2nd annual parade, 10th cookout honoring community legend draw more than 2,000

2nd annual parade, 10th cookout honoring community legend draw more than 2,000
June 25
00:00 2015

In the photo above: Mo Lucas looks at the crowd as he is honored on Father’s Day. (Photo by Felecia P. Long)

By Felecia Piggott-Long, Ph.D.
For The Chronicle

In spite of the heat, more than 2,000 supporters of the second annual Mo Lucas Father’s Day Parade and the 10th annual Cookout Festival gathered on Sunday, June 21.

The parade began at the Winston Mutual Building on Fifth Street at 4 p.m.

The Yettes and the Boss Drummers looked like a royal army dressed in purple and white as they crested the hill to march down Martin Luther King Jr. Drive. Three bands brought the beat—The Mo Lucas Boss Drummers, The Winston-Salem High Steppers and the Carolina Stars. The Foundation Drummers and dancers numbered more than 170.

Other participants included The Nation of Islam, the Winston-Salem Fire Department, Winston-Salem Indians Cheerleaders, the Packer Cheerleaders, the Terror Squad motorcycle club, Reve Lip Models and the Galaxy Elite Cheerleaders.

Honoree Moses “Mo” Lucas rode in a black Dodge Charger driven by former Sheriff James Sims. Families stood on the sides of the street and yelled, “Anything for Mr. Mo Lucas!” “We Love You Mr. Lucas!” “Thank you, Mr. Lucas!” “We Love You, Baby!” “You the Father of Winston-Salem!”
Many of the men gathered in front of Lucas just to shake his hand and to offer him well wishes. Others danced and performed in his honor. He still remembered many of their names.

The purpose of the gathering is to honor Lucas, 88, a former staff member of the YMCA during the 1960s, ’70s, and ’80s, who continued to mentor youth in the community.

The parade advanced down Martin Luther King Jr. Drive and up File Street to the Rupert Bell Park. Micheal Terry, the founder of the Mo Lucas Community Foundation, organized the parade and the cookout festival.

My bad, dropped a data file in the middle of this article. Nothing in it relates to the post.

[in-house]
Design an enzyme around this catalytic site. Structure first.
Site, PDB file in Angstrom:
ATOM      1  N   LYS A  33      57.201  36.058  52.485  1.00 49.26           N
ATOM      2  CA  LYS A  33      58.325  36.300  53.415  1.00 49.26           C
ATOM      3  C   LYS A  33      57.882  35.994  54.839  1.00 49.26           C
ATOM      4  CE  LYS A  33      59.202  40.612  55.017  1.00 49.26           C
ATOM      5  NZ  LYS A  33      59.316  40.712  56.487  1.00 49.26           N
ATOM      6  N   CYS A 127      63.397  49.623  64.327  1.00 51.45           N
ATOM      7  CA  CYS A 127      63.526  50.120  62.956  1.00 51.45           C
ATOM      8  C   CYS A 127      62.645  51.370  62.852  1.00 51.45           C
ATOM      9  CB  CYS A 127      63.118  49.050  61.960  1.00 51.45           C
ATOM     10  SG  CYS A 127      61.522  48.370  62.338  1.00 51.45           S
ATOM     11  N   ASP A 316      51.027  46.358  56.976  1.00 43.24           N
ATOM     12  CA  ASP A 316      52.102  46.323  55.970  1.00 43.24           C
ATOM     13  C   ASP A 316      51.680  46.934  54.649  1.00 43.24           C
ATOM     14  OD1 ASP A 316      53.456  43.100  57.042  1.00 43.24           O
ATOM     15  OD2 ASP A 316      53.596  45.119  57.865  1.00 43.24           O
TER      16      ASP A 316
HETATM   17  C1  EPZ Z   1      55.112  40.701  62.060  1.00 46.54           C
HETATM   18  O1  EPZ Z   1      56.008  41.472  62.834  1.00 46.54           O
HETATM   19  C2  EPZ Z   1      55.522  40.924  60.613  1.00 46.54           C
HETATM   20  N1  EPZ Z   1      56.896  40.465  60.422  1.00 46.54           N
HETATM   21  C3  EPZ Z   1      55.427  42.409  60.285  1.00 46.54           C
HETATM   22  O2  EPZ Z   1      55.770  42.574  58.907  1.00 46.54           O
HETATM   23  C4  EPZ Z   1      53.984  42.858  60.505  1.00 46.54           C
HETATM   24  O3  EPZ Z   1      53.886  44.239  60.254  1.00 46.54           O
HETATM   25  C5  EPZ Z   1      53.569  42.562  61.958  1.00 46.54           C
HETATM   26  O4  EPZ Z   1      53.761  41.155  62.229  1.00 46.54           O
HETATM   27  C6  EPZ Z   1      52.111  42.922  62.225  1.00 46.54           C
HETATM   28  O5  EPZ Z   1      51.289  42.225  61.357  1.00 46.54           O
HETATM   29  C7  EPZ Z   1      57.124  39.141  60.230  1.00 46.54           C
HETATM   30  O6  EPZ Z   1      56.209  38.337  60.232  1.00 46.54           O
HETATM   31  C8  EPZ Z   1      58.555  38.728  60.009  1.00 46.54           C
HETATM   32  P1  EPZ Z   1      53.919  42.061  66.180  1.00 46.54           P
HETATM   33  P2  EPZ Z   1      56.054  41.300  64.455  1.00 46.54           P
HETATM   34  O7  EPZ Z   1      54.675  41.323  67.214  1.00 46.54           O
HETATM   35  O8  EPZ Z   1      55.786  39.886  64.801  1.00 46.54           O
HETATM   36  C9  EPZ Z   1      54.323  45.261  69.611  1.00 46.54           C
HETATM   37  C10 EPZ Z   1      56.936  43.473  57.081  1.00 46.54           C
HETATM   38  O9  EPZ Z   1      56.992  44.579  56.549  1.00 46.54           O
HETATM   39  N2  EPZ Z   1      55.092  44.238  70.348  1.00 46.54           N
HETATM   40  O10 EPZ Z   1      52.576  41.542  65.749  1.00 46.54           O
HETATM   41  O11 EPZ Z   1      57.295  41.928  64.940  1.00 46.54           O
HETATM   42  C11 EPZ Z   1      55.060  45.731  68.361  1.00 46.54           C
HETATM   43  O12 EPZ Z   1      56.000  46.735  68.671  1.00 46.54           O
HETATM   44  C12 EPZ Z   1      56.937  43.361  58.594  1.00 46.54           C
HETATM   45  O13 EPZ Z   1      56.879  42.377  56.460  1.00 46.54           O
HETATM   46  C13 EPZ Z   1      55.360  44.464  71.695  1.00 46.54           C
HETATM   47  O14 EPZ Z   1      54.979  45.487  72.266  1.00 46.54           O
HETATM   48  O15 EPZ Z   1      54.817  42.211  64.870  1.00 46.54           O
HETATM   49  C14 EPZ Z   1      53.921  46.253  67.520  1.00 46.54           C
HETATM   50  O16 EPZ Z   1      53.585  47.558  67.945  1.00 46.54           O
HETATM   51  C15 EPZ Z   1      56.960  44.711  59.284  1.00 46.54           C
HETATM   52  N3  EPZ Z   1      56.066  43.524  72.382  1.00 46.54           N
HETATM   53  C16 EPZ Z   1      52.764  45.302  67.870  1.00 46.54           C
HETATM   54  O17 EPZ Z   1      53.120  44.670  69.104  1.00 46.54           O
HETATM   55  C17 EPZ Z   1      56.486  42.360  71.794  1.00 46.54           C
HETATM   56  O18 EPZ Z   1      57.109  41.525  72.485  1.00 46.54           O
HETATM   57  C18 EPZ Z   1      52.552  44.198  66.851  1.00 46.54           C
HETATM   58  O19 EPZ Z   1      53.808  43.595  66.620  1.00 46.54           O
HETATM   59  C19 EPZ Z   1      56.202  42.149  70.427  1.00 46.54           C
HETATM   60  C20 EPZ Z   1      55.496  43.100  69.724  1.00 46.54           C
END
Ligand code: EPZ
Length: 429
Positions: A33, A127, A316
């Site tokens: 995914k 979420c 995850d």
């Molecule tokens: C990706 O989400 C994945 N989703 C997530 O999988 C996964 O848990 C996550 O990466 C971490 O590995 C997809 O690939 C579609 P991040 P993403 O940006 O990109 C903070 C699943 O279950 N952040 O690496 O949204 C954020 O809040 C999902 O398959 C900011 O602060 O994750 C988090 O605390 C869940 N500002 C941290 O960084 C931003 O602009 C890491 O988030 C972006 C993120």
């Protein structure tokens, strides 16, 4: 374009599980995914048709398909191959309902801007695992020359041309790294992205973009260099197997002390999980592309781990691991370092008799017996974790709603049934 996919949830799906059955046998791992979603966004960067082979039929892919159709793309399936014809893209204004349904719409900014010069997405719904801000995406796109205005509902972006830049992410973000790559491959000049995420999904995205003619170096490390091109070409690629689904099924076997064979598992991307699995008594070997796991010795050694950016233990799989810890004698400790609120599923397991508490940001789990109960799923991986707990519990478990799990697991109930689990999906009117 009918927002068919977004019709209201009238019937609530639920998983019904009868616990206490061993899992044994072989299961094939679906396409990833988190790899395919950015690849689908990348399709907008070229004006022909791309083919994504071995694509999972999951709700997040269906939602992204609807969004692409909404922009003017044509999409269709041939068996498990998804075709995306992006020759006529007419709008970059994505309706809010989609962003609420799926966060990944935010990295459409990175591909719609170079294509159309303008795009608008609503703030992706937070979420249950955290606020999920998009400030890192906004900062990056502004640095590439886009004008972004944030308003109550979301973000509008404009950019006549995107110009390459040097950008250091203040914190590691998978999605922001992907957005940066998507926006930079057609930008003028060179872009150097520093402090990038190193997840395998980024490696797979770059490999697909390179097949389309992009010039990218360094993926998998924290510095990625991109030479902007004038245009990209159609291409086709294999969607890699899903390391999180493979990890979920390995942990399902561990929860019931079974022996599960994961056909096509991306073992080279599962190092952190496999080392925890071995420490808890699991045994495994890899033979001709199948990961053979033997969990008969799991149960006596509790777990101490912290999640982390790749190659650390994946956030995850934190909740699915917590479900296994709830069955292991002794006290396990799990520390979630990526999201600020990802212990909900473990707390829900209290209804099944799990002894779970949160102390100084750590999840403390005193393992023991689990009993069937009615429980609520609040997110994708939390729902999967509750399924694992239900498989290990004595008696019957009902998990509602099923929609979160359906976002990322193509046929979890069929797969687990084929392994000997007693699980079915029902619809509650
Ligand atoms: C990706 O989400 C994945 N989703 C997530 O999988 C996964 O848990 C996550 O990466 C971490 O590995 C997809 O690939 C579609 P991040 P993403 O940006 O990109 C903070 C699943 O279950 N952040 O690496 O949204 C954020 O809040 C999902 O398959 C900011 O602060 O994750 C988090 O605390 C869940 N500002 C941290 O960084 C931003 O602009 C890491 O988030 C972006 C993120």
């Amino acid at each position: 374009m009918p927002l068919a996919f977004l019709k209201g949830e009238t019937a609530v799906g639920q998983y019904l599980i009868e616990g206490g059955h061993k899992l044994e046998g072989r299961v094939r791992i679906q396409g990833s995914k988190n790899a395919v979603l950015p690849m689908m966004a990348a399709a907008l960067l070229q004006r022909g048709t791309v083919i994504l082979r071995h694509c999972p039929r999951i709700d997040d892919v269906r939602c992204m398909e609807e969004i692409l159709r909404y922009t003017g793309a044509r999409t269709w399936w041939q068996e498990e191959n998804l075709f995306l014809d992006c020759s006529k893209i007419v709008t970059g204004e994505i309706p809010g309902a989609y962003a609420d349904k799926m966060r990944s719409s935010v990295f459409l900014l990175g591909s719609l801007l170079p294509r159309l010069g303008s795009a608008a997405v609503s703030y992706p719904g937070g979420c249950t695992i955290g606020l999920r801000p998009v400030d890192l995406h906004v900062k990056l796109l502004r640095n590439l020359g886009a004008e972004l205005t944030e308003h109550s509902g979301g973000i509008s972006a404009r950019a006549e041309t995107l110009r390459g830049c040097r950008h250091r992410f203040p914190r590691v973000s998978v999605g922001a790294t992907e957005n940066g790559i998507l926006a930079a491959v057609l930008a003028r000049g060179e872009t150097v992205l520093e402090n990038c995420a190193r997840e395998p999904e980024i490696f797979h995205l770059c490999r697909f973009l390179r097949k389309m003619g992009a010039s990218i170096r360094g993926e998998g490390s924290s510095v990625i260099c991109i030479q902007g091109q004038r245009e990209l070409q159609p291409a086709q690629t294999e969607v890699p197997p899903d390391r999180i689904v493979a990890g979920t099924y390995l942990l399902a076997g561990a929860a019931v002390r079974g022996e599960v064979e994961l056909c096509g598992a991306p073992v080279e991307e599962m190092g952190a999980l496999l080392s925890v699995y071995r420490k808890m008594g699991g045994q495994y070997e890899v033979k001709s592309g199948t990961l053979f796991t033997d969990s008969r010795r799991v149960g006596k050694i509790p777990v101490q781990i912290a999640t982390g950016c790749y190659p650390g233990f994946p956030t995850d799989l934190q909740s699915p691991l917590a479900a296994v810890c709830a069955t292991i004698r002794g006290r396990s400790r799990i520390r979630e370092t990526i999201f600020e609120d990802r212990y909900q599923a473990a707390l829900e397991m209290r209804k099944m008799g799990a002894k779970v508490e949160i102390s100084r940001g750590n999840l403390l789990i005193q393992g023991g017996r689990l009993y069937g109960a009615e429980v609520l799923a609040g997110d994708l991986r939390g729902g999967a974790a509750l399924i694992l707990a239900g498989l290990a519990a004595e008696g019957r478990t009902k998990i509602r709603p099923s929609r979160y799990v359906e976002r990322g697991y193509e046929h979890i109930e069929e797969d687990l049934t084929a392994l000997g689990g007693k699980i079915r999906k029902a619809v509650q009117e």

“This event is usually held at Bloom Park; however, since a wetland area is being built at Bloom, we held the celebration at Rupert Bell Park. I am glad so many people came out to honor Mo Lucas. This celebration is a badge of honor for him. We honor him while he is here. He loves the children,” Terry said. “He helped to raise more than half of the people who are out here today. He certainly kept me out of a lot of trouble when I was growing up in Piedmont Circle.”

Mo Lucas was escorted to the stage and seated in a special chair.

“Today is Father’s Day. I have been a father to so many. Some of you call me Daddy. Some of you call me Pops. I am 88 years old, and I am blessed,” Lucas said.

“I spent 63 years of my life serving children at the YMCA. When I retired from the U.S. Army, I got a job at the Y. It makes me feel good because many of them came to see me at the Y. I continued to volunteer because I love young people,” Lucas said.

Terry was in the Mo Lucas Step Team when he was 14 to16 years old. He recalls that Lucas designed more than 100 original steps himself for the team to perform. Some of the steps were called “The Funky Step,” “The Shing,” “The CB” and “The DT.” The step team won many awards over the years. After college graduation, Terry returned to assist Lucas with the step team, the dancers and the drummers. He wanted to help keep Lucas’ vision alive.

Jerry Gilmore, a member of the parade committee, stood in awe at the large crowd.

“Mr. Lucas is a legend in his own time. He has mentored so many young men, two and three generations at the YMCA. He would give of his time, talent and his own finances while mentoring kids,” Gilmore said. “This is part of what is missing now. There is no carry-over to help guide and mold minds.”

Mentor Antonio Stevenson praised Lucas for his contributions and challenged the young people and leaders to follow Lucas’ lead.
“I met Mo Lucas when I was 9. When I saw Mo Lucas, his pants were up, and he was carrying himself like a man. As a mentor, I offer a challenge to all of you over the age of 30. This is your chance to save a life. You owe it to yourself to save a life. Mr. Lucas helped us. You have to pay it back — pay it forward,” Stevenson said.

Arnita Miles from the National Black Theatre Festival wished a Happy Father’s Day to all of the men.

“We salute Mo Lucas for all he has done for the community of Winston-Salem. … Again, Happy Father’s Day,” Miles said.

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